Sunday, October 23, 2011

COMMANDO 50th ANNIVERSARY - and Doctor Who in Comics.

The University of Dundee has an exhibition on of artwork from Commando comics, currently in its 50th year of publication.

Ian Kennedy gets his own frame with four covers.

The covers are certainly impressive. So are the pages themselves.

There are also scripts on show.

A piece that struck me was Jordi Penalva's "Noose for a Hero" cover. I already liked it, but to see those vivid red clouds in the original painting was impressive.

The exhibition runs until 19th November and is well worth a visit.

There's another on at the National Army Museum in London too, which has huge Ian Kennedy banners outside.

I also recently visited the Doctor Who in Comics 1964-2011 exhibition at London's Cartoon Museum. They have terrific John Ridgway and Roger Langridge pages. John Ross' work was interesting - he doesn't use any black space at all on the artwork itself. I was especially impressed by a fully painted Ron Turner page. I love his Journey to the Stars stories from Speed comic.

I haven't been to the Museum before so the regular material on show was all new to me too. Highlights for me were pages of Frank Hampson Dan Dare, David Lloyd V For Vendetta and Joe Colquhoun Charley's War. It was also interesting to see the Charles Schulz original, with all its erased pencils under the inks. He really worked hard at making Peanuts look effortless.

Thursday, October 13, 2011


Here is a preface to Troublemaker by Janet and Alex Evanovich. Like comics work from novelists such as Denise Mina, James Patterson and Ian Rankine, Dark Horse Comics (or Dark Horse Books as they refer to themselves on the spine of this work) publish work by these authors in an understandable and laudable attempt to attract readers who would usually not read comics. It's the first such crossover book to include an instruction manual on how to follow a comics page though.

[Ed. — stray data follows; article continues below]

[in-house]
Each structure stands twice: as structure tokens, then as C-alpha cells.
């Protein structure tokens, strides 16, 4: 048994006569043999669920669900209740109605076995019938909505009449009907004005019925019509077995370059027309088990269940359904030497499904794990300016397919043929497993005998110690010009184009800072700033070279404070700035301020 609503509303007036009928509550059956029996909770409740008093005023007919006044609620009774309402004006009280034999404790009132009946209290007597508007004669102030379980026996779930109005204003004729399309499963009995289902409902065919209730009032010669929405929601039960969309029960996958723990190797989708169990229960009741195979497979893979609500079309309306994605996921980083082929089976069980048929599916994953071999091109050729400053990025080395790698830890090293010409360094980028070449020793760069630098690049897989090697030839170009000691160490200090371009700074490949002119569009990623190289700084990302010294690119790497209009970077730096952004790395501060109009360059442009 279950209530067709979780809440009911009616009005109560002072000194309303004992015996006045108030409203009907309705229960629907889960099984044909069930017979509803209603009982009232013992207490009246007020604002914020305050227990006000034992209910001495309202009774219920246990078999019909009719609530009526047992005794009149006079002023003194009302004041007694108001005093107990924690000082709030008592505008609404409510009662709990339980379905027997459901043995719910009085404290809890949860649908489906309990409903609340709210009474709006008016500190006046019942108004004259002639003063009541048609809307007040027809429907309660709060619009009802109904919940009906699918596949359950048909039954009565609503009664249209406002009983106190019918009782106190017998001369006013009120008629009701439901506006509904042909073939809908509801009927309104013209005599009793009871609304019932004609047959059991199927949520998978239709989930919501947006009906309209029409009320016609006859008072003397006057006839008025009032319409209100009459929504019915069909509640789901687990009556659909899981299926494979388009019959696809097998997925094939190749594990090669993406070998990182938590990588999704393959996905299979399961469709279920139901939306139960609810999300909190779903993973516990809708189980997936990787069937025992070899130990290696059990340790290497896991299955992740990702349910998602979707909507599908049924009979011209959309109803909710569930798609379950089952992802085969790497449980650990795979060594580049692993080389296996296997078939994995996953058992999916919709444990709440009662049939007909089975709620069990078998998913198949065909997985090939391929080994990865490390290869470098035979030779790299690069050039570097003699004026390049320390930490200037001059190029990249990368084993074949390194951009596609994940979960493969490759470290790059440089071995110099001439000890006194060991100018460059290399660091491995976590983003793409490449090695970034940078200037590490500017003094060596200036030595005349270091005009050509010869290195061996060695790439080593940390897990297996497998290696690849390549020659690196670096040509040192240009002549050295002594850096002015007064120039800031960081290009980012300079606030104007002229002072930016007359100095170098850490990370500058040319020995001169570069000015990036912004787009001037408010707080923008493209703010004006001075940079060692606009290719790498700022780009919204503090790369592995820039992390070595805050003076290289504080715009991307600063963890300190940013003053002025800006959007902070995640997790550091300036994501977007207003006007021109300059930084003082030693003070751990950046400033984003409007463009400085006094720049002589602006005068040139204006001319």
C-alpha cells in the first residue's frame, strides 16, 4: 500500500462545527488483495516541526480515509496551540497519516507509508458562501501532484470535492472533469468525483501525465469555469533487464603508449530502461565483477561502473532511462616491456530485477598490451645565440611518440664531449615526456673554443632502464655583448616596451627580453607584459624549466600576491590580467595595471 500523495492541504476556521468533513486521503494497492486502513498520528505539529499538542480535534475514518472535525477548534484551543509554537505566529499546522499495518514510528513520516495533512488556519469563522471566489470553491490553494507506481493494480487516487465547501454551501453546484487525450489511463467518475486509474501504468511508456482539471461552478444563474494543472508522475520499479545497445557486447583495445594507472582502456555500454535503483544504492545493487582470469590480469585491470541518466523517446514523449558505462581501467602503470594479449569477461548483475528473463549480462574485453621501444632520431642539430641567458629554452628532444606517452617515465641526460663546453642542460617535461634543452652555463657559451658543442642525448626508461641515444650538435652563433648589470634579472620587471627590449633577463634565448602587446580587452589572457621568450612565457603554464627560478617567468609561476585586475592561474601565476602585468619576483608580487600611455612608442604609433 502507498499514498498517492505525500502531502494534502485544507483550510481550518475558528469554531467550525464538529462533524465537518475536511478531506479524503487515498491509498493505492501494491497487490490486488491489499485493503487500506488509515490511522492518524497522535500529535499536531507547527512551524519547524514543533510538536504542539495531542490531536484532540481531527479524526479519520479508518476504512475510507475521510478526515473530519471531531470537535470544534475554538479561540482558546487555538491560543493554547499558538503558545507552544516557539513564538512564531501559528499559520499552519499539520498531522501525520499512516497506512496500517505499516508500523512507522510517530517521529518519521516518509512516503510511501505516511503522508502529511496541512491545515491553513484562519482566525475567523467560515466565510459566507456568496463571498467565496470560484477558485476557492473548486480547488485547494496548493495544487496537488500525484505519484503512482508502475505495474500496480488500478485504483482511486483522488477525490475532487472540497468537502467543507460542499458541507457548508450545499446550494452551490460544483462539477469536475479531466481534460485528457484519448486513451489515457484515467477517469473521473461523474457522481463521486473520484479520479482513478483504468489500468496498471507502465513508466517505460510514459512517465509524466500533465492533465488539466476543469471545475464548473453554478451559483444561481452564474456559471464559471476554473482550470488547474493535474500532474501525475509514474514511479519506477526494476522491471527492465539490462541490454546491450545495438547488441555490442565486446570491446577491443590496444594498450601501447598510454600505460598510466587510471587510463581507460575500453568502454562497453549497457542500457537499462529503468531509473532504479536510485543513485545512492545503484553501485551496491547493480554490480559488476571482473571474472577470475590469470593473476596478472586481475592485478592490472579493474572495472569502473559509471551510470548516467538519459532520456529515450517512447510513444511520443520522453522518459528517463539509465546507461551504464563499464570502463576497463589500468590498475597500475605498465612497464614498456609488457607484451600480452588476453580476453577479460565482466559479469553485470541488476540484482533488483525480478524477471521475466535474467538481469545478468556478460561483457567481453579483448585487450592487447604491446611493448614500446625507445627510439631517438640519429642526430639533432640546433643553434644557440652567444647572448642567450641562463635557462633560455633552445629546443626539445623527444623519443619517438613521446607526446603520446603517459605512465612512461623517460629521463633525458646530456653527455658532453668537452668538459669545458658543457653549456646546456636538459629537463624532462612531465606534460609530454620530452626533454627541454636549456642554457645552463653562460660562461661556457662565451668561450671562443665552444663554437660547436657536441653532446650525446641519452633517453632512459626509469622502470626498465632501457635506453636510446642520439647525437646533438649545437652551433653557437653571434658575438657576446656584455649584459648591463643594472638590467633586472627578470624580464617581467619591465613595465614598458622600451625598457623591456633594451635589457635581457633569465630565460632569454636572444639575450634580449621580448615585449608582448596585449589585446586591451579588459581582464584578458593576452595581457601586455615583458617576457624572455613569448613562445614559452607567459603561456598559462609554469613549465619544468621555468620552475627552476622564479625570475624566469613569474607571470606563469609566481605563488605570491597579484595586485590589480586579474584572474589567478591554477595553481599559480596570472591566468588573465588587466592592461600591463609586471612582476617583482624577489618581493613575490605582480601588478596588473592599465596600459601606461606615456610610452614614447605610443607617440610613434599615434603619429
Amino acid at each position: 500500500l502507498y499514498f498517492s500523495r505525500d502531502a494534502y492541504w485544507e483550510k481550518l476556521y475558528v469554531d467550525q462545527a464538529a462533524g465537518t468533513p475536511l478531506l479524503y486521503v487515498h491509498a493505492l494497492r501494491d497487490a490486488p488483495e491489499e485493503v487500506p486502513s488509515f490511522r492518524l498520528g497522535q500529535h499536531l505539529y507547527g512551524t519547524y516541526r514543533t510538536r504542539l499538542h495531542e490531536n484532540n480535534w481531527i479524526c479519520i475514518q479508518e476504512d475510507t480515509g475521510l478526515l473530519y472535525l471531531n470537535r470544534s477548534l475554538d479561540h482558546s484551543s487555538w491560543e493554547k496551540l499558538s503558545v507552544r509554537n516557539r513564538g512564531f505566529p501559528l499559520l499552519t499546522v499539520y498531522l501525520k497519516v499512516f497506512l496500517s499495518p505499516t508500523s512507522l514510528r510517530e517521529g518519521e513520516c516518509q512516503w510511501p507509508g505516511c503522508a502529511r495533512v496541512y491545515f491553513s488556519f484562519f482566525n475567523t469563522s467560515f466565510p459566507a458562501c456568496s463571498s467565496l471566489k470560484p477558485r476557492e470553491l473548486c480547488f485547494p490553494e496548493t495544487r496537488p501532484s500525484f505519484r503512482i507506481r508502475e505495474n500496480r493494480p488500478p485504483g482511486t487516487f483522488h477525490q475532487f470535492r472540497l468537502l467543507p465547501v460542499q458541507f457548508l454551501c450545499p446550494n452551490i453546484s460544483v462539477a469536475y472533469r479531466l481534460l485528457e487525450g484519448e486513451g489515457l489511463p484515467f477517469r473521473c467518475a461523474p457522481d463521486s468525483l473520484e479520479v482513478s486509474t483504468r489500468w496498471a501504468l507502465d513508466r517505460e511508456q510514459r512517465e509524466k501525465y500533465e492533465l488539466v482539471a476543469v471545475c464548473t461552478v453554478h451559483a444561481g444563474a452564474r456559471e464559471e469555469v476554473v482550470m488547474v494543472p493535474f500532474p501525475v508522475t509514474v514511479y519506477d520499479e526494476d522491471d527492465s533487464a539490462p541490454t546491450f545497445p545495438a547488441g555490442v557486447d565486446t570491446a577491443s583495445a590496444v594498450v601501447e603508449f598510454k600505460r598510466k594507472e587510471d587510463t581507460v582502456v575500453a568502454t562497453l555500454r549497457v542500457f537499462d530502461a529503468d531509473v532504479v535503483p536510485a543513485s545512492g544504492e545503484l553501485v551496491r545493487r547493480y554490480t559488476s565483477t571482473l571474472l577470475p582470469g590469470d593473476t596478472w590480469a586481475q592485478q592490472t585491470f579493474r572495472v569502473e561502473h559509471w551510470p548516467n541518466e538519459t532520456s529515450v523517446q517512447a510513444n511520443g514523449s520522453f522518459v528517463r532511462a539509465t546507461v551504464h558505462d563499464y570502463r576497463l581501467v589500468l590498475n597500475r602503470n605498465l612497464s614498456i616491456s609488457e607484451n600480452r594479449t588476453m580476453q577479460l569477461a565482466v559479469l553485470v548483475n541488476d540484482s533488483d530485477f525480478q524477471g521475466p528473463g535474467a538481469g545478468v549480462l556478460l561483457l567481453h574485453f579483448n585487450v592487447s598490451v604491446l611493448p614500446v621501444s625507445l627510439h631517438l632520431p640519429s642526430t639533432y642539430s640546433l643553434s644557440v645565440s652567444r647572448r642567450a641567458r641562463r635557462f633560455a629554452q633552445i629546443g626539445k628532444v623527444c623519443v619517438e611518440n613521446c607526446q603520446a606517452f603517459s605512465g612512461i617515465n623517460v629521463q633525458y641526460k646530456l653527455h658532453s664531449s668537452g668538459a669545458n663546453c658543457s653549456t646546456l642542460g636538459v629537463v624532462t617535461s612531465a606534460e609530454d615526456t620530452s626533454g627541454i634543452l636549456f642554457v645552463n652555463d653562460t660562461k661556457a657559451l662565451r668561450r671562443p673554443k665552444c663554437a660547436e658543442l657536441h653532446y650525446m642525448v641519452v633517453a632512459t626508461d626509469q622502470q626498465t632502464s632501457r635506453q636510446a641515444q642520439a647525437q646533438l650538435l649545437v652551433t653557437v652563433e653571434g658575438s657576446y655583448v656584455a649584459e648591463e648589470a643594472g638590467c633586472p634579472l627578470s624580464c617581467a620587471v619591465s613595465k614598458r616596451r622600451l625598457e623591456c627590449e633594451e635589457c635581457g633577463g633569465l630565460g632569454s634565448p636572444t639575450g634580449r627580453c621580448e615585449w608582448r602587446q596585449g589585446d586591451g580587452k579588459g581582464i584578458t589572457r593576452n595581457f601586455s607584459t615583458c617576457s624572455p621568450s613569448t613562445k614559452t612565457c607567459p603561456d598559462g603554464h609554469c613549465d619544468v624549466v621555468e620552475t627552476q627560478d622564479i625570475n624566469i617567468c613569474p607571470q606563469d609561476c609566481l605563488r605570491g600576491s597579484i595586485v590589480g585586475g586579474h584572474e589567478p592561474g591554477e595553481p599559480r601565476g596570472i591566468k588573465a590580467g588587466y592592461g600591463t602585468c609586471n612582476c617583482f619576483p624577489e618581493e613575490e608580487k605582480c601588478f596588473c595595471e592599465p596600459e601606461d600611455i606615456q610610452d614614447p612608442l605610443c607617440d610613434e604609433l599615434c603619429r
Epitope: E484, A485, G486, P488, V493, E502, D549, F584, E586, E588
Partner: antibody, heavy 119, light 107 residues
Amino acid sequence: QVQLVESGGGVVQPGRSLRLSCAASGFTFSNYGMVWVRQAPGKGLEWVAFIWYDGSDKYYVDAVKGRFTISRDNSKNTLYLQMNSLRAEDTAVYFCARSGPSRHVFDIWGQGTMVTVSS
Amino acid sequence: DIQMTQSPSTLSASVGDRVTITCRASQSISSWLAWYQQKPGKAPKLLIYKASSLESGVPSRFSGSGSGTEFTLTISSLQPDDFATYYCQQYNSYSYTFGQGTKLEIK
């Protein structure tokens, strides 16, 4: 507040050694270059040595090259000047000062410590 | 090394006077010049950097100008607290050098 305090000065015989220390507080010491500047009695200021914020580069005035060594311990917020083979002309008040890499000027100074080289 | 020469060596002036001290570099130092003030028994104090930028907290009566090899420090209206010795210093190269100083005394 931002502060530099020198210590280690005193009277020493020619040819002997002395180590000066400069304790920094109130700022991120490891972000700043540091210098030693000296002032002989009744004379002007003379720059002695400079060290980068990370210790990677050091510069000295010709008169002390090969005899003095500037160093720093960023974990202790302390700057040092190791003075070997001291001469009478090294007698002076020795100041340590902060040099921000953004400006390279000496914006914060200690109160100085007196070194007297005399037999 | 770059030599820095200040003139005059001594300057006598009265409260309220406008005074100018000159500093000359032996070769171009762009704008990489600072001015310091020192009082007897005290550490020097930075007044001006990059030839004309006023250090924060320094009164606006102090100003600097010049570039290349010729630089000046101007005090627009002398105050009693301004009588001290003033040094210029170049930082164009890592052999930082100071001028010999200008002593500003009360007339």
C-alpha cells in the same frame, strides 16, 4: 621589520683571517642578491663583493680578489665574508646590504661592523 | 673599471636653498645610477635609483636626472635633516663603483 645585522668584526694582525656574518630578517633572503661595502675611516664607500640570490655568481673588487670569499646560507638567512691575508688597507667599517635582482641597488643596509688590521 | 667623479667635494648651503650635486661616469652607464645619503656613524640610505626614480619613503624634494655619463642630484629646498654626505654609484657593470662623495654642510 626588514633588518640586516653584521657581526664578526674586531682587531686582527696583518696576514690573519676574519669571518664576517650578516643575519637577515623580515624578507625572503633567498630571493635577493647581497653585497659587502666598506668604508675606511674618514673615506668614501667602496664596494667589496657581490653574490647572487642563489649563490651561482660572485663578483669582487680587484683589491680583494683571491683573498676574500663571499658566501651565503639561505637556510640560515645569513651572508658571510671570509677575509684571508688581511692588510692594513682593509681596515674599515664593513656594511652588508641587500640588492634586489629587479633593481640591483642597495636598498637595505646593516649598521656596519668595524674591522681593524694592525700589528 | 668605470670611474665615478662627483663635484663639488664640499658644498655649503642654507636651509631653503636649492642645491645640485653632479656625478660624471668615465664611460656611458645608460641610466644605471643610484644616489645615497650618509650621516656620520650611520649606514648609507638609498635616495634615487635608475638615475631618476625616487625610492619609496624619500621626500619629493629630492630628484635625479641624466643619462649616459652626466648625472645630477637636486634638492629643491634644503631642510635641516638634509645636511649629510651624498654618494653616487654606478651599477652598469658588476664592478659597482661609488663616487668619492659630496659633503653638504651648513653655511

It does seem kind of ridiculous, especially to someone such as I who has read comics all my days, but I think they may be onto something. I have seen people look at comics pages and just think "No, I don't want to deal with this". This "comics are too difficult for people to read" argument has rumbled along for at least a couple of decades, and I've heard plenty of skeptical views towards it from learned comics individuals.

But consider this: I think it may be similar the disconnect felt when Yoof TV show Network 7 started putting words running along the screen in one or more places while a presenter was talking. The mix of looking and reading was confusing! It's now the norm and difficult to remember what was so jarring about it.

Saturday, October 08, 2011


This story is from #1929 of The Dandy, published in November 1978. It's one of the oldest comics I have. More specifically, it's one of the oldest I have that I got when it actually came out.

I liked The Jocks and The Geordies at the time, along with all the other strips in the comic. My enjoyment was very innocent - I had no idea what a Jock or a Geordie was at the time of reading.

I don't know who wrote or drew this, due to D.C.Thomson's policy of giving no credits.

The Dandy continues to come out after 74 years. The latest issue is #3539.

Click on images for larger versions.